The aim of the campaign is to take in and distribute unwanted, good-condition sports kit and distribute it to children and teenagers who need it most.
In a recent report, the Department for Culture, Media and Sport Select Committee published data from Sport England which show 100,000 fewer children met the recommended level of activity in 2020 than in 2019 and it was ‘of significant concern’.
One issue is around access to sport and exercises because of the affordability of kit, and the situation has been compounded by the pandemic. Also, good condition equipment, that would otherwise go to landfill or simply remain in cupboards, could get an extended life and help a young person get active.
Throughout the month of September, the Chelsea Foundation will be showing our support of the ‘Kit Out the Nation’ campaign by collecting and distributing unwanted, good-condition sports kit.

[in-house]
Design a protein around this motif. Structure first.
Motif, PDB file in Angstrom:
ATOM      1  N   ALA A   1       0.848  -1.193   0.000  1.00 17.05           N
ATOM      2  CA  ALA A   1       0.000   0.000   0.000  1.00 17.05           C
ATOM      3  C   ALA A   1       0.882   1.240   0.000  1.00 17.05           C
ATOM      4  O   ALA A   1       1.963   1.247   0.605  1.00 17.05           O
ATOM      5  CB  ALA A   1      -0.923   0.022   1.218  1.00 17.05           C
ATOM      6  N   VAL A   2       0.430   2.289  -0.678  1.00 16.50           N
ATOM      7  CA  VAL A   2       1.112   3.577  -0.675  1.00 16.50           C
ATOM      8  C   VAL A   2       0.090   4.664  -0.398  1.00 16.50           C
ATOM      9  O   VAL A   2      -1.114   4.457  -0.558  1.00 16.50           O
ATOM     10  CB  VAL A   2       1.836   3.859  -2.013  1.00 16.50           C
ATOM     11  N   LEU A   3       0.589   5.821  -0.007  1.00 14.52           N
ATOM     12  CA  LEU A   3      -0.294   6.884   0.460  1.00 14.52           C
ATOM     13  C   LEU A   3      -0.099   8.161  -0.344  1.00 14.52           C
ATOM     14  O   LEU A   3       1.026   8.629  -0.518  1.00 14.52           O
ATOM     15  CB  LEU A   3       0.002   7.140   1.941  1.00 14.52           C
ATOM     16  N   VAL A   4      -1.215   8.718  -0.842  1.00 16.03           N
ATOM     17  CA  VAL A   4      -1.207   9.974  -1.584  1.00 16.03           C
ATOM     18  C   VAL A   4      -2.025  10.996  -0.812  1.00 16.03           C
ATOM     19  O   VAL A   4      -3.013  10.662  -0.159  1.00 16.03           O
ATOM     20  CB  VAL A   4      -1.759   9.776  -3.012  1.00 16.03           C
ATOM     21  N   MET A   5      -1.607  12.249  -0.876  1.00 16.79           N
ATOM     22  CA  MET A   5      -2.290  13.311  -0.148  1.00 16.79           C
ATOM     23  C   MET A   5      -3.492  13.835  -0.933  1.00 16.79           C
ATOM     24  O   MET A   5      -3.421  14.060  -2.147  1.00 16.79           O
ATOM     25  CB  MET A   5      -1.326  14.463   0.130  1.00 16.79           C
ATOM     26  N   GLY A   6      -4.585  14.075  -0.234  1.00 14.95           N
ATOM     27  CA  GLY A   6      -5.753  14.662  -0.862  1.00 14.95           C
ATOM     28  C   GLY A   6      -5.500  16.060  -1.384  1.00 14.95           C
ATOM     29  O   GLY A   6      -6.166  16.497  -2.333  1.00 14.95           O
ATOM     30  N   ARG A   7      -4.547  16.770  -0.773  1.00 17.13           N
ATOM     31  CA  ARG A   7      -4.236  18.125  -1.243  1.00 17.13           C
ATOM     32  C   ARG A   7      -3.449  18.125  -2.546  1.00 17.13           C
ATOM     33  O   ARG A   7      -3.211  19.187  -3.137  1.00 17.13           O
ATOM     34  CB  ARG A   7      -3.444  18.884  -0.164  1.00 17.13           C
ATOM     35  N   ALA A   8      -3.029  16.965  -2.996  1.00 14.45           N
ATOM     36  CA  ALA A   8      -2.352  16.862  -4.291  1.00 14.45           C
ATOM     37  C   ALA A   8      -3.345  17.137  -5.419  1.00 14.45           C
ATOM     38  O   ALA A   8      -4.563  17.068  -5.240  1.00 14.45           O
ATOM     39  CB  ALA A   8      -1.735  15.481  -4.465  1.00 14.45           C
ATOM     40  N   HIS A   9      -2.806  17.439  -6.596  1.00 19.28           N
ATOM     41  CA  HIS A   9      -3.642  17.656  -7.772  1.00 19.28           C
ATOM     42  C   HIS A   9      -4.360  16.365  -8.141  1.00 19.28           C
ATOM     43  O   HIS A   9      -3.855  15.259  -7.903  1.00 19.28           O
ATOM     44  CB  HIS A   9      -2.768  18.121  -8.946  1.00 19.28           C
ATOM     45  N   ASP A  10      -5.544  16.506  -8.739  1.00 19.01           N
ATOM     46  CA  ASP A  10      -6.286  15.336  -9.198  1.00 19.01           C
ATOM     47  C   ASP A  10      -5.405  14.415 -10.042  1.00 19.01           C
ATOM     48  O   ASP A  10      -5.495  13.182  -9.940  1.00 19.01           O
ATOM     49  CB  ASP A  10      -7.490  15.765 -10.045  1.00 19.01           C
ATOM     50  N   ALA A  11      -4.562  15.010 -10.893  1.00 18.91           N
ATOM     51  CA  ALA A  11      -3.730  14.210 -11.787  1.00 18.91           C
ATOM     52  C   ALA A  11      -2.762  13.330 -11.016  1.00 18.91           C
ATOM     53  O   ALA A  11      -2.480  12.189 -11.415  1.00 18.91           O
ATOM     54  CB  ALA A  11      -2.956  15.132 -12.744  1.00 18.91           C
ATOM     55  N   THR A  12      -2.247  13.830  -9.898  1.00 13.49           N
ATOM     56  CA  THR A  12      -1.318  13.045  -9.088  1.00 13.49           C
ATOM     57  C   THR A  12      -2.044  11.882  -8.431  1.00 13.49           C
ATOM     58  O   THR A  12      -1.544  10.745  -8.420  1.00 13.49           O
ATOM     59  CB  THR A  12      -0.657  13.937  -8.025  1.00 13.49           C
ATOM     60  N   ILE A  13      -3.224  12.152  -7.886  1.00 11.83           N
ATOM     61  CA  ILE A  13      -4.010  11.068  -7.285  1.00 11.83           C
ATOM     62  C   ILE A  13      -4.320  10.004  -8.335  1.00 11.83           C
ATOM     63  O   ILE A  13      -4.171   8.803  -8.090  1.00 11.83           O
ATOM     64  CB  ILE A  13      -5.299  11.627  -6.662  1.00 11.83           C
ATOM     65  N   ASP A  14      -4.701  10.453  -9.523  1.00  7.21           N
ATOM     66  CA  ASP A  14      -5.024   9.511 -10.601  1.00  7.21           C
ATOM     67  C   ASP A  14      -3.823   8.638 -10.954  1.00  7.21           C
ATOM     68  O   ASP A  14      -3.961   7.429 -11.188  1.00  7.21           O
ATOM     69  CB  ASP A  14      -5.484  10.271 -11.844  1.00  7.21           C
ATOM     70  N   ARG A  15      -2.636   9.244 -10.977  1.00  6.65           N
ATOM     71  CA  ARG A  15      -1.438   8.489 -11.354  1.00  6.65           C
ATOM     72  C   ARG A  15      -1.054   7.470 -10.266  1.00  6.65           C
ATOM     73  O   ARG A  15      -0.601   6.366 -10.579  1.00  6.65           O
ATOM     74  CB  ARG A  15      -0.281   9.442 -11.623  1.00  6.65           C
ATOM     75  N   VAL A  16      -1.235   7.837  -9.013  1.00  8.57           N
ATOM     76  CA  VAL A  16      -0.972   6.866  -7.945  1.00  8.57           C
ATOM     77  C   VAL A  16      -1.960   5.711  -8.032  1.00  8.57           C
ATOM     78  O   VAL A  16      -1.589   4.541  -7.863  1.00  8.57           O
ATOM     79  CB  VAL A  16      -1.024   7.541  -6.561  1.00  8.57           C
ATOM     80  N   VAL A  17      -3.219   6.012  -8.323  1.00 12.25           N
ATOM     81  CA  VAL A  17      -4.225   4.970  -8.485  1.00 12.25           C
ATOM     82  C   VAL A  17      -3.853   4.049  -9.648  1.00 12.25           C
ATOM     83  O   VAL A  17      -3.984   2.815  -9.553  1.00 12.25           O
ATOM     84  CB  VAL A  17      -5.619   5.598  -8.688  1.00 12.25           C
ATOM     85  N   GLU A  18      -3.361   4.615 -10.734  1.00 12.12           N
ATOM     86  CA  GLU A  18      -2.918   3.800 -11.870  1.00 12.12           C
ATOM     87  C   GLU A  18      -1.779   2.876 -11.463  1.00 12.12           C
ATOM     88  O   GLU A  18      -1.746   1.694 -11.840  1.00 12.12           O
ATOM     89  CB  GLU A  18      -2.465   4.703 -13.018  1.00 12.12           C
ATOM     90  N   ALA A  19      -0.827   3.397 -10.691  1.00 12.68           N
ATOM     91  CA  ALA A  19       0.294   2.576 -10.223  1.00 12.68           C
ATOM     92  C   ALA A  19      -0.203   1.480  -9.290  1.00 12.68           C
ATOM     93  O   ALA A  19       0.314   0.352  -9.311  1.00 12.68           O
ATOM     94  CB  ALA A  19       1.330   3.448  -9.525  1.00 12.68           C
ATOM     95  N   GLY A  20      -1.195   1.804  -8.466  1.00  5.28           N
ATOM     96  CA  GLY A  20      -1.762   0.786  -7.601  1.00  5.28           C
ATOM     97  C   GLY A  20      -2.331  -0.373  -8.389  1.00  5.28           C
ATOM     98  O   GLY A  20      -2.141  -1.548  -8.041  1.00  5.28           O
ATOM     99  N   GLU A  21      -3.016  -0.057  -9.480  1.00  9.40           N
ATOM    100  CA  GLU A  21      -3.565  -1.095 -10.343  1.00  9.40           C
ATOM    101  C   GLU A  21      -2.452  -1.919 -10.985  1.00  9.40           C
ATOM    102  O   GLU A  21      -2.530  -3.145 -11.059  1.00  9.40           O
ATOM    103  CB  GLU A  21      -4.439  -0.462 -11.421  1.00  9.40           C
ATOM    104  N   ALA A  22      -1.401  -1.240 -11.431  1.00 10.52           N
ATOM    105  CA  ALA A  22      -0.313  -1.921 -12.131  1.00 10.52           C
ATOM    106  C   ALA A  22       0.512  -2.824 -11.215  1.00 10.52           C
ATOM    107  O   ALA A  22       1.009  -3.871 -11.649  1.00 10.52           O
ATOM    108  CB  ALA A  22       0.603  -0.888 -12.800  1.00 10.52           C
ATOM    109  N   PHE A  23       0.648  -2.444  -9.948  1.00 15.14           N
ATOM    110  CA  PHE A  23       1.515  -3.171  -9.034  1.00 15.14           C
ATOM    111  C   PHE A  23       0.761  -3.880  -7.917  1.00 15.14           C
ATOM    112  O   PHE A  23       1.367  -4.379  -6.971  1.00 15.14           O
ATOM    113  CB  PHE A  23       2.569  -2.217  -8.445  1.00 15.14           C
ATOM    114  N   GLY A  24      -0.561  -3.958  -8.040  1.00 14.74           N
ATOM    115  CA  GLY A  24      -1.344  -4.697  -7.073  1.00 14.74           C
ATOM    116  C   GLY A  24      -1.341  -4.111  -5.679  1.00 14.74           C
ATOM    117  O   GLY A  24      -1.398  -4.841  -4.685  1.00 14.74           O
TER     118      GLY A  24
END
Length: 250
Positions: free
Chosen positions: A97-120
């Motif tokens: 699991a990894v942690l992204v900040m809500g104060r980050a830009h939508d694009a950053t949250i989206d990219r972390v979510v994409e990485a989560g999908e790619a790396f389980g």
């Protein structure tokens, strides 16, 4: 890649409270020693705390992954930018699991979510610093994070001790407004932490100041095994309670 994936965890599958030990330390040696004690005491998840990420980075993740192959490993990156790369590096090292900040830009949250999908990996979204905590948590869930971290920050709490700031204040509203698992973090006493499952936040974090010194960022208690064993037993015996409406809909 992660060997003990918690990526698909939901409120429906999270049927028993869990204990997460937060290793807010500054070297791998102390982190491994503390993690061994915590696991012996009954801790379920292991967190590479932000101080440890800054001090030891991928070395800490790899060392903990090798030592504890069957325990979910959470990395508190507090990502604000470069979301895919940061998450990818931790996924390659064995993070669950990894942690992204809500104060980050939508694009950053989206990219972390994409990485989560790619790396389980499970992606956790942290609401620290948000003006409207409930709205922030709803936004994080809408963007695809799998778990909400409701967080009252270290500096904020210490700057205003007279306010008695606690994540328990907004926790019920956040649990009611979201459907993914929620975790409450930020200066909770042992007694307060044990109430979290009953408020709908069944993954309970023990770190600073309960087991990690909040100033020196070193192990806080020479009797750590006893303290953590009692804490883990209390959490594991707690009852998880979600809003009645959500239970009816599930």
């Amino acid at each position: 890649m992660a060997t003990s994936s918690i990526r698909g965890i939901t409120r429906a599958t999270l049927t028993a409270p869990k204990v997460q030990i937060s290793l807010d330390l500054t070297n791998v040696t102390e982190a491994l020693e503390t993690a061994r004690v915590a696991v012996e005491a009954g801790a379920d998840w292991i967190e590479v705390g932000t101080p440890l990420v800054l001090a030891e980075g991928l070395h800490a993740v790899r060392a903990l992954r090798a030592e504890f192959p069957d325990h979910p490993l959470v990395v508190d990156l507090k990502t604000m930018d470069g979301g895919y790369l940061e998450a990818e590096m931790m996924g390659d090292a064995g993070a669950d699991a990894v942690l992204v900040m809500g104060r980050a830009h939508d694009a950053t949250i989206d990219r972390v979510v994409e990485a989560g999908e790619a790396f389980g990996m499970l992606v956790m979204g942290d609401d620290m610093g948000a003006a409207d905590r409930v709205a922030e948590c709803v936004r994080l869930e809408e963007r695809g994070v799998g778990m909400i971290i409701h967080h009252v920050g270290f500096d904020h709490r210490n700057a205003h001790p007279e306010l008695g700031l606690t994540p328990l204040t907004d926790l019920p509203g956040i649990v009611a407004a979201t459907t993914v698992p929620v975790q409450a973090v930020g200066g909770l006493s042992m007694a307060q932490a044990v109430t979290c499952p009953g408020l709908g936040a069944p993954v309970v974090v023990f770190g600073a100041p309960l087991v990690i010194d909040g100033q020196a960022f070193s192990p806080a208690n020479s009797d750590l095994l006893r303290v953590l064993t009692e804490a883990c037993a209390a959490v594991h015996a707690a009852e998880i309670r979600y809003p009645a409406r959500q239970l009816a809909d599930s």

Chelsea Foundation social inclusion manager Gareth Davies said: ‘We are so proud to support this campaign. We hope to receive as many donations as possible in order to enable children to live healthier, happier and more active lives.’
Chris Burn, head of audio and digital for BBC England, added: ‘Make a Difference has been a phenomenal success during lockdown, and I am proud that all 39 local BBC Radio stations will be involved in helping young people get access to sports kit and equipment they need to get fit and stay healthy through ‘Kit Out the Nation’.
‘The Make a Difference campaign is calling on audiences to donate spare kit and equipment, as well as calling on companies and charities willing to offer their premises for donations, collections and distribution of the clean kit.’